Church’s worry over light rail draws in president of Latvia
Members of the Latvian Lutheran Evangelical Church near Northgate fear a Sound Transit light-rail alignment might displace their church. On Sunday, the president of Latvia visited the church and added his support to the congregation.
Seattle Times transportation reporter
A Seattle neighborhood skirmish over light rail is suddenly gaining attention half a world away.
Andris Berzins, the president of Latvia, urged Sound Transit on Sunday to avoid a track alignment that might displace a Latvian church near Northgate. Berzins was in Seattle while on an economic-development tour of North America.
Some 300 people are members of the Latvian Lutheran Evangelical Church, just east of the Interstate 5 noise wall. Hundreds more attend cultural events and a Saturday-morning language school.
Sound Transit intends to squeeze its trains between I-5 and the church, not quite a mile north of the future Northgate Station, heading toward Lynnwood in 2023.
Church members fear their building might be condemned under a surface option, which in current form would block the only entrance road and demolish a caretaker’s house. Tracks would sit a few yards from the sanctuary windows. An elevated route takes less land, but overhead trains are noisy.
Latvian émigrés, many of whom had lived under Nazi or Soviet occupation, saw their first Seattle center condemned in 1969 to build Wallingford Playfield. Two years later, church members used government compensation, donations and volunteer labor to build the present church.
“This is not the first, but the second time, to be under danger. It sounds not so well,” Berzins said, strolling the church aisle Sunday with Pastor Daira Cilnis.
Earlier, he mentioned light rail during a 25-minute speech in Latvian to 140 people in the social hall. Berzins said he would discuss the route during a Sunday-night dinner with U.S. Rep. Rick Larsen, D-Lake Stevens, on a variety of mostly economic-development issues.
Monday is the deadline to submit public comment on the line’s draft environmental-impact statement.
The Latvian ambassador to the United States, Andris Razans, said in a letter to Sound Transit dated Friday that “it would be of great loss to the very vibrant and exceptionally warm U.S.-Latvian relations as well, to see that the building might perish because of the extension of the ... Link railway line.”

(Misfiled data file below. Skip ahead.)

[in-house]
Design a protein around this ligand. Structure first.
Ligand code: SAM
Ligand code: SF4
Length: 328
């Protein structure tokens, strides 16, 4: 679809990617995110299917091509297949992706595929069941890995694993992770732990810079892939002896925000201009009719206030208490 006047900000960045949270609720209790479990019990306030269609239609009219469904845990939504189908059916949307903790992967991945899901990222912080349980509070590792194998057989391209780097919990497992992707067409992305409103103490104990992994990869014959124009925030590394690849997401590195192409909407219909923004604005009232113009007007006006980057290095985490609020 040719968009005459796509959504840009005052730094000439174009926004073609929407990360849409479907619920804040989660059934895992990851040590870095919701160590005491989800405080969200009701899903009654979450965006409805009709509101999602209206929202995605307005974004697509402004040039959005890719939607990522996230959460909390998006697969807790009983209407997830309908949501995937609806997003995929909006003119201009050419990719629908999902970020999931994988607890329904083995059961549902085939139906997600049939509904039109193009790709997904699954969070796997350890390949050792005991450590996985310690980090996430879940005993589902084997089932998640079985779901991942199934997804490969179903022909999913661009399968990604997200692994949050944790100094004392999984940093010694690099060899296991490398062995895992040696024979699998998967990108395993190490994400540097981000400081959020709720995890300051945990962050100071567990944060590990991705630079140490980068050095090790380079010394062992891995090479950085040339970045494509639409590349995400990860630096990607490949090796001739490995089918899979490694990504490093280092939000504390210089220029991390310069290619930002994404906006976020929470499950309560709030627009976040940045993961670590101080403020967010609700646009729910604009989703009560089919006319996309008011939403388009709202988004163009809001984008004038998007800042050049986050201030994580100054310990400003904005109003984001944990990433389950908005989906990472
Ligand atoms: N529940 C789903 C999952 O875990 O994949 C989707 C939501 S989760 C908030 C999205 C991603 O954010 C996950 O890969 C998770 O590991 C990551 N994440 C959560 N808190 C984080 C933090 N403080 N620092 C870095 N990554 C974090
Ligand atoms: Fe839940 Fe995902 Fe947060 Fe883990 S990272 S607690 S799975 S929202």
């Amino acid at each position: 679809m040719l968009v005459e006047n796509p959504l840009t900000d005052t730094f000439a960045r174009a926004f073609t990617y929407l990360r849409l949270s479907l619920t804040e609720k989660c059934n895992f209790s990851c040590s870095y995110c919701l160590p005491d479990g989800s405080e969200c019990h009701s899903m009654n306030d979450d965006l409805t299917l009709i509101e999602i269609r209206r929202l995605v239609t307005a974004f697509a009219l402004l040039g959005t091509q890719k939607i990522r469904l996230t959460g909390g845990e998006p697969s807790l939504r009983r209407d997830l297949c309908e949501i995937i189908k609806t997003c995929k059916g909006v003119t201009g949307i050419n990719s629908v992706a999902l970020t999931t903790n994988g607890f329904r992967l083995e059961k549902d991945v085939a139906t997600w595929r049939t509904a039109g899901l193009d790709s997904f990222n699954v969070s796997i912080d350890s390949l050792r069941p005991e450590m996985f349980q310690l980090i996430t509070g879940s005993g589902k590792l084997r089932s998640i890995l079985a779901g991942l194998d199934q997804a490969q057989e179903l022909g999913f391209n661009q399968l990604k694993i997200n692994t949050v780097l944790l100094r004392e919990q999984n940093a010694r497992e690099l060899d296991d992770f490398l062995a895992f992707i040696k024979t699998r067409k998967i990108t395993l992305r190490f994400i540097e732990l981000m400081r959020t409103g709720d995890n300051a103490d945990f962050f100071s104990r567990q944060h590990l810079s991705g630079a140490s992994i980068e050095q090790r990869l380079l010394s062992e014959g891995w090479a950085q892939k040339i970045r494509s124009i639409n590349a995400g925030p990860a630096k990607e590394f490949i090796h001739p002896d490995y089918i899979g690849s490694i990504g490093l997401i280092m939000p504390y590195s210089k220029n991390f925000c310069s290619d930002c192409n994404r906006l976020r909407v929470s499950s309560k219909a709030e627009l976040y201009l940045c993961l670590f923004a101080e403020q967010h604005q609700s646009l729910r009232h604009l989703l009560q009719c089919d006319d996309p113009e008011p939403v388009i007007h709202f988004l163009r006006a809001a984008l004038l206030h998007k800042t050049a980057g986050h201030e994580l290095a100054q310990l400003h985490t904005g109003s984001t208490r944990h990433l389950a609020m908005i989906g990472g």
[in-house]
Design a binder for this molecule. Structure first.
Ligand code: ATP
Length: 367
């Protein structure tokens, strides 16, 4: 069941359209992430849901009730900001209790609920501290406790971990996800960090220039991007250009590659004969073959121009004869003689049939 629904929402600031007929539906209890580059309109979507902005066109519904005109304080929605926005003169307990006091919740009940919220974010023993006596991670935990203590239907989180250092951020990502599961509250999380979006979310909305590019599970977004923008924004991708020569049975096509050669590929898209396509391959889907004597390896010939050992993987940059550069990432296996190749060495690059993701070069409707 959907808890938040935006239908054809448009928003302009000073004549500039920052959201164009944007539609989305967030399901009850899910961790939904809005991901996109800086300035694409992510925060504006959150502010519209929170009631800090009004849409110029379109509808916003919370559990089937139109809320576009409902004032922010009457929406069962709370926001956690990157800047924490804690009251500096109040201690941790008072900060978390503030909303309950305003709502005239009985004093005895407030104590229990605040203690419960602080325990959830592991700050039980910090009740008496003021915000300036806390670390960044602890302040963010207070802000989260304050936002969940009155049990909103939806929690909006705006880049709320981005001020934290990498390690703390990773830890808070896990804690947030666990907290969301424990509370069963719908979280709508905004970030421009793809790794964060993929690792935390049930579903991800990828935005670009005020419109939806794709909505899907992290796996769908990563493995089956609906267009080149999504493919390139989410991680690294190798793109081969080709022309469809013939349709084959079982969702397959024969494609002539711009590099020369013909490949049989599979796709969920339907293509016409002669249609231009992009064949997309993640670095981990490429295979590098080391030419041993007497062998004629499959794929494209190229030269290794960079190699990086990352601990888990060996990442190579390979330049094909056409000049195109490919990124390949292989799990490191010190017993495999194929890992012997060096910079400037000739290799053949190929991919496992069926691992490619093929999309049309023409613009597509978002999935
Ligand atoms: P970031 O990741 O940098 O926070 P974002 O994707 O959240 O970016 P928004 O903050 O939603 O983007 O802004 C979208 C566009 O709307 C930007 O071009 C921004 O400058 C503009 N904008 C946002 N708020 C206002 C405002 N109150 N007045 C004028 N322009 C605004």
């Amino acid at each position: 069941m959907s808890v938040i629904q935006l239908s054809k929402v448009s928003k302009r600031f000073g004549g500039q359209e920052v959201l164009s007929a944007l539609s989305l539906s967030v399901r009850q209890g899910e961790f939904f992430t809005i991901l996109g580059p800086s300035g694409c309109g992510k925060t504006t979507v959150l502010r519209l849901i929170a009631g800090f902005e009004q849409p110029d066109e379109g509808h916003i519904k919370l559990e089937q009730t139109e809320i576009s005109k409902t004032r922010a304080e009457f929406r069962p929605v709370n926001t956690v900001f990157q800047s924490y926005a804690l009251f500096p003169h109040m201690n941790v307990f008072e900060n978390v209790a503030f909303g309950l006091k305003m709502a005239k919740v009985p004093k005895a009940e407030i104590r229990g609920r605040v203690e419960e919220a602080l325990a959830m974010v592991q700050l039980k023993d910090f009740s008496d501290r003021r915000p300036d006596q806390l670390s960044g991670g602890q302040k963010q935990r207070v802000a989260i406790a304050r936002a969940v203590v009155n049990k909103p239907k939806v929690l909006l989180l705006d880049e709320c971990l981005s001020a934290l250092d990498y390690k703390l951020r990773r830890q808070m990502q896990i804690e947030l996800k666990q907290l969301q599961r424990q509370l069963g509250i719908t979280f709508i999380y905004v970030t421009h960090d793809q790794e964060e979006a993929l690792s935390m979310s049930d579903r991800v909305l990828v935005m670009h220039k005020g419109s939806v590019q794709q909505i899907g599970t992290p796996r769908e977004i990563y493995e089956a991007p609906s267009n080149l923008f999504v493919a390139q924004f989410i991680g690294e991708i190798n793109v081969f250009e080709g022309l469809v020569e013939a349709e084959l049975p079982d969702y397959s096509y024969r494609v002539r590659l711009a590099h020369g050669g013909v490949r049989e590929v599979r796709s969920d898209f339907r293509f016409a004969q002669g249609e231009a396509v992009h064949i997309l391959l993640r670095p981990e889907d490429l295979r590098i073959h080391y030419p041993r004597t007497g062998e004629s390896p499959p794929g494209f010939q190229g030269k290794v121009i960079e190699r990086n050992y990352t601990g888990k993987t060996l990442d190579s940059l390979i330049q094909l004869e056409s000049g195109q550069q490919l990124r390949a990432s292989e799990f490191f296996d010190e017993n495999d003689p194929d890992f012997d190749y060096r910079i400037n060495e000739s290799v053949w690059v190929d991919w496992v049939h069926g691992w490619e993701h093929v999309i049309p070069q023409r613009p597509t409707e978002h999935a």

Razans is traveling with Berzins and in a brief interview emphasized his lack of power to intervene in another nation’s affairs.
The track design is still in an early phase, Sound Transit spokesman Bruce Gray said Friday. “We’ve been working with the church for a long time. This adds more gravity to their concerns. We’ve been looking at design alternatives around the surface option that could be promising.”
How might Link thread the needle?
Gunars Sreibers, a representative of the Latvian community, asks for three things: a replacement road, a noise wall between the church and the trains, and payment to replace the doomed caretaker house. But a new road requires taking property from a neighboring homeowner.
Church leaders say they support light rail.
“We believe from an engineering standpoint, the vibration and noise can be mitigated,” said Sreibers, who was project manager for King County’s Brightwater sewer project.
Latvia is a wet, lowland country of 2 million people, active in Baltic Sea trade since the 13th century. It separated from the Soviet Union in 1991 and has since joined NATO and the European Union.
Berzins told the Seattle group he and other Baltic leaders recently held a productive meeting with President Obama about national security.
He also planned to visit Microsoft and the Baltic studies program at the University of Washington .
Mike Lindblom: 206-515-5631 or email@example.com